State reps agree to 205 targeted alcohol licenses in Boston neighborhoods

State Rep. Chris Worrell (center) marched in the June 2 Dorchester Day Parade with a New Orleans-style street band. Seth Daniel photo

Boston would gain 205 alcoholic beverage licenses and an opportunity to bolster restaurants and revitalize neighborhoods and communities of color, under legislation that the House approved last week.

The redrafted bill steers 180 non-transferable licenses over three years to 12 ZIP codes in Roxbury, Dorchester, Mattapan, East Boston, Roslindale, West Roxbury, Hyde Park, Charlestown, and Jamaica Plain. The licenses must be awarded to establishments that prepare food on site, according to Blake Webber, spokesman for the House Ways and Means Committee, which released the bill last Friday (May 30).

Each of the ZIP codes would get three non-transferable restricted licenses for the sale of all alcoholic beverages to be drunk on the premises and two non-transferable restricted licenses for the sale of wines and malt beverages to be drunk on the premises annually over a three-year period. 

Three non-transferable licenses are also earmarked for the Oak Square neighborhood in Brighton, with another 15 non-transferable licenses designated for “community spaces,” including outdoor spaces, theaters and nonprofits. The bill also carves out seven transferable licenses that do not have location restrictions, Webber said.

Bill sponsor Rep. Chris Worrell called the legislation’s momentum “game-changing” and an “incredible win” for spurring economic opportunity for communities of color. Worrell invoked the potential of Blue Hill Avenue, describing it as one of the busiest streets in the commonwealth but one with only about three to five sit-down restaurants.

Restaurants that gain coveted liquor licenses could double their profits, the Dorchester Democrat said. “Any day when you’re fighting for one [license] every time, and now you’re getting 205 for the city of Boston. It’s an incredible win. I think the demand is there,” Worrell said.

As the House approved the bill during a sparsely attended informal session, Worrell told staffers in the chamber, “There you go guys — we did it.”

The redrafted bill slashed 45 liquor licenses for targeted communities contained in the original filing, Worrell said. Asked about the cut, Webber told the News Service, “We will reevaluate the effects of the legislation after the three years is up.”

“After speaking with the Boston Legislative delegation, 15 licenses per zip codes over three years is what delegation members from those areas felt was an appropriate step, especially given the food provision being a requirement for those particular licenses,” he said.

The Legislature often passes bills that grant cities and towns just a handful of additional liquor licenses, even as municipalities look for greater control to boost economic activity. While Gov. Healey’s office in January previewed a policy allowing “local governments to set their own liquor license quotas and bypass the existing home rule petition process,” the governor ultimately did not include the reform in her “Municipal Empowerment Act.”

During an October committee hearing on Beacon Hill, Mayor Wu and city councillors lamented the scarcity of licenses and the hefty $600,000 price to purchase a license from an establishment going out of business.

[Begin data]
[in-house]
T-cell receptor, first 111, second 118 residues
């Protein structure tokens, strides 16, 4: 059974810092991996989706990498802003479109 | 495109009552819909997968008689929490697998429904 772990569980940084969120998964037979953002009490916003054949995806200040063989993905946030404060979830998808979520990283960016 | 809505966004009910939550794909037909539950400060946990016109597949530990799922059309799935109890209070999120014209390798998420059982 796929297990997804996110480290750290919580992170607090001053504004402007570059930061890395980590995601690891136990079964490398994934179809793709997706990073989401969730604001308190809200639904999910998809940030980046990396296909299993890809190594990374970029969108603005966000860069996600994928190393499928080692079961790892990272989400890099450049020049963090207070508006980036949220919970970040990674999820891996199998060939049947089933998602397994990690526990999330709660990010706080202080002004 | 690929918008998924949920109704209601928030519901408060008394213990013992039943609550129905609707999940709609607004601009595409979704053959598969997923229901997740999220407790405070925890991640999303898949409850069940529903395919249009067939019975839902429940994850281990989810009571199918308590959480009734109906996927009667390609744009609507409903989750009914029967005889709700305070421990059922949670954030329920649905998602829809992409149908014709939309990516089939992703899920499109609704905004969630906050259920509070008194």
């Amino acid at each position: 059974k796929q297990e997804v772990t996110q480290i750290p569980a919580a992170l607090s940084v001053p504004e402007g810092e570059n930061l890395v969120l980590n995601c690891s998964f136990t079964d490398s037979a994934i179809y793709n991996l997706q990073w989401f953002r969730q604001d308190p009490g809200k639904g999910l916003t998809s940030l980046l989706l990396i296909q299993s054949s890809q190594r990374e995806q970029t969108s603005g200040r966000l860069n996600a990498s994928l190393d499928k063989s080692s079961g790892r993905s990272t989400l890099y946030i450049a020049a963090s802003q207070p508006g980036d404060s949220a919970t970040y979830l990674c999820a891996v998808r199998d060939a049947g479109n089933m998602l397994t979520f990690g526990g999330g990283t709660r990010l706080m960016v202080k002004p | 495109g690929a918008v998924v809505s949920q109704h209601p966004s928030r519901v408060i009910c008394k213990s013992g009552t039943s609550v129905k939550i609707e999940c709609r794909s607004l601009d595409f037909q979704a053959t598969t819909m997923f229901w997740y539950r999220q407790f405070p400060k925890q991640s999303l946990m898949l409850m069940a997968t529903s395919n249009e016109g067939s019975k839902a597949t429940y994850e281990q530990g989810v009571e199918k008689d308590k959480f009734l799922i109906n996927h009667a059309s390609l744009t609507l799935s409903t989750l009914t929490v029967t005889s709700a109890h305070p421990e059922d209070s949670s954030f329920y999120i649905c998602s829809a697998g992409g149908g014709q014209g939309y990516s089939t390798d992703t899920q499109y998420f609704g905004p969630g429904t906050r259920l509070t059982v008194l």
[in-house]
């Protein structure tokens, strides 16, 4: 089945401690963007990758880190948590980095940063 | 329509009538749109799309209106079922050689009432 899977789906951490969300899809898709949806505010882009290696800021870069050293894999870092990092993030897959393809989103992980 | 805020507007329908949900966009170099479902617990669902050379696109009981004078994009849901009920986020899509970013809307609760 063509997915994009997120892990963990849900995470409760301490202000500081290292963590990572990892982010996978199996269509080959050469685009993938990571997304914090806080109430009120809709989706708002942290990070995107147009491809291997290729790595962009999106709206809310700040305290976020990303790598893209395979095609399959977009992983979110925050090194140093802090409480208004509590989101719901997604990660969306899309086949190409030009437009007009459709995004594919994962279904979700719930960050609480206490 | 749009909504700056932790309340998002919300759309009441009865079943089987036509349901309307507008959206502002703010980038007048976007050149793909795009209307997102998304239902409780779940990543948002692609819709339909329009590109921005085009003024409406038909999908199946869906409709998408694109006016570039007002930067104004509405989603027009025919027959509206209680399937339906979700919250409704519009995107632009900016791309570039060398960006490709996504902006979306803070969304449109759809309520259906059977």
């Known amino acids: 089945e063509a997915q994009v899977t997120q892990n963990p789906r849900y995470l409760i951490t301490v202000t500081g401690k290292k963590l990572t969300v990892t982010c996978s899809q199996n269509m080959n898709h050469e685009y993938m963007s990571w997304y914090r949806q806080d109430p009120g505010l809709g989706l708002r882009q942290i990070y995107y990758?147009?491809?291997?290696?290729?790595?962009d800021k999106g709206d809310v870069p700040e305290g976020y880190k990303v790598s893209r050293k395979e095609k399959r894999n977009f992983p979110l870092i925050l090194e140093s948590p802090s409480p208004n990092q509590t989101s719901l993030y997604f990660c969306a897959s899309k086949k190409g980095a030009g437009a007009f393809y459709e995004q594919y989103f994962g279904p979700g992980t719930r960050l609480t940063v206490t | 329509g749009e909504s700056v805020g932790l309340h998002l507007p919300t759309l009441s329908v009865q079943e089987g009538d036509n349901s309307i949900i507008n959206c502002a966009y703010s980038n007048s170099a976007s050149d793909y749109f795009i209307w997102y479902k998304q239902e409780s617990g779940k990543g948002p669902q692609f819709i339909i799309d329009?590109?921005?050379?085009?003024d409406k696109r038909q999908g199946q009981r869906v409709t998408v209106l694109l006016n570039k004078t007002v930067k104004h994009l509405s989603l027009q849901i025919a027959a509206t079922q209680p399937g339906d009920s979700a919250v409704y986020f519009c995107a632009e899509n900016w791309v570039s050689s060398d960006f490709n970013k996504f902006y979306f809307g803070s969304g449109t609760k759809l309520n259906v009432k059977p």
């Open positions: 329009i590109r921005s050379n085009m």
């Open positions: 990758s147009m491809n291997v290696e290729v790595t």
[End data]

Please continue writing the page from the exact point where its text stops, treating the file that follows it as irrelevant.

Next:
The dynamic has helped fuel a racial wealth gap and disproportionately concentrated restaurants and bars in wealthier Boston neighborhoods, such as the Seaport, elected officials said. Poorer neighborhoods, in turn, have been left with fewer dining options, especially sit-down restaurants.

“We are, I believe, in such dire need of licenses across the board that we very well may be coming back to you in the future as we see where things go,” Wu told the Joint Committee on Consumer Protection and Professional Licensure on Oct. 3. “I’m confident that with this first threshold and first set of permits, we’ll be able to make some significant headway on that and very likely we will need more as the success grows.”

The committee on Oct. 30 had reported out Worrell’s bill favorably, accompanied by Sen. Liz Miranda’s parallel proposal (S 2380), and shipped it to the House Ways and Means Committee. 

Wu, in a statement to the News Service last week, expressed appreciation for House lawmakers, saying the bill they advanced will “help provide economic opportunity and vibrancy to neighborhoods across the city.”

“These needed liquor licenses will help bring new life to vacant retail spaces in neighborhood commercial districts and strengthen our economy and community,” Wu said. “The parameters in the legislation tying nontransferable licenses to specific zip codes will help counter the current inequities where licenses are concentrated in a few areas and are unavailable or unaffordable for new entrepreneurs due to scarcity from the cap.”

Worrell implored the Senate to “see the urgency” of the bill. “I don’t drink, but I know the importance of this legislation,” Worrell said.

Miranda, in a statement, applauded the House’s action. “This legislation is essential in rebuilding sit-down restaurants in our community – an essential piece of thriving neighborhoods, which have become a distant memory for so many in our community,” the Boston Democrat said. “Whether it’s Mass Ave in South End and Lower Roxbury, or down Blue Hill Ave from Roxbury to Mattapan, many neighborhoods in my district were once the cultural hubs of the City of Boston – known for their unique restaurants, nightlife, and strong sense of community. The secondary market, without this measure as a first step, has perpetuated the racial wealth gap, but also created an ecosystem in our City where only affluent property and restaurant owners can afford the cost of operating.”

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